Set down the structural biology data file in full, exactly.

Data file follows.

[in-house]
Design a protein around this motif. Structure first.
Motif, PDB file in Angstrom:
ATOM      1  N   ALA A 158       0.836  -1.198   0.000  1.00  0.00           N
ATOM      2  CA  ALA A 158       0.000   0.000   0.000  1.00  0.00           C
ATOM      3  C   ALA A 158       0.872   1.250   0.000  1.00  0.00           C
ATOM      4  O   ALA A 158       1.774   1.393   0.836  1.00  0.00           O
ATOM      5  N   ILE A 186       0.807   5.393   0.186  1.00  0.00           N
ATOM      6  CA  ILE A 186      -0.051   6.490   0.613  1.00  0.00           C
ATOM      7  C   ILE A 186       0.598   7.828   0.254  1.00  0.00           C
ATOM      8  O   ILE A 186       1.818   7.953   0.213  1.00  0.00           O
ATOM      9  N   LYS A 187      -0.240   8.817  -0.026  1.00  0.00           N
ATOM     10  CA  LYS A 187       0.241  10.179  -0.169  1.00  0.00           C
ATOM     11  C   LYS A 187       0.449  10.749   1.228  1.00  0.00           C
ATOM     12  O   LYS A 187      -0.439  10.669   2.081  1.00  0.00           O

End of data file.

[in-house]
Design a protein around this motif. Structure first.
Motif, PDB file in Angstrom:
ATOM      1  N   ALA A 158       0.836  -1.198   0.000  1.00  0.00           N
ATOM      2  CA  ALA A 158       0.000   0.000   0.000  1.00  0.00           C
ATOM      3  C   ALA A 158       0.872   1.250   0.000  1.00  0.00           C
ATOM      4  O   ALA A 158       1.774   1.393   0.836  1.00  0.00           O
ATOM      5  N   ILE A 186       0.807   5.393   0.186  1.00  0.00           N
ATOM      6  CA  ILE A 186      -0.051   6.490   0.613  1.00  0.00           C
ATOM      7  C   ILE A 186       0.598   7.828   0.254  1.00  0.00           C
ATOM      8  O   ILE A 186       1.818   7.953   0.213  1.00  0.00           O
ATOM      9  N   LYS A 187      -0.240   8.817  -0.026  1.00  0.00           N
ATOM     10  CA  LYS A 187       0.241  10.179  -0.169  1.00  0.00           C
ATOM     11  C   LYS A 187       0.449  10.749   1.228  1.00  0.00           C
ATOM     12  O   LYS A 187      -0.439  10.669   2.081  1.00  0.00           O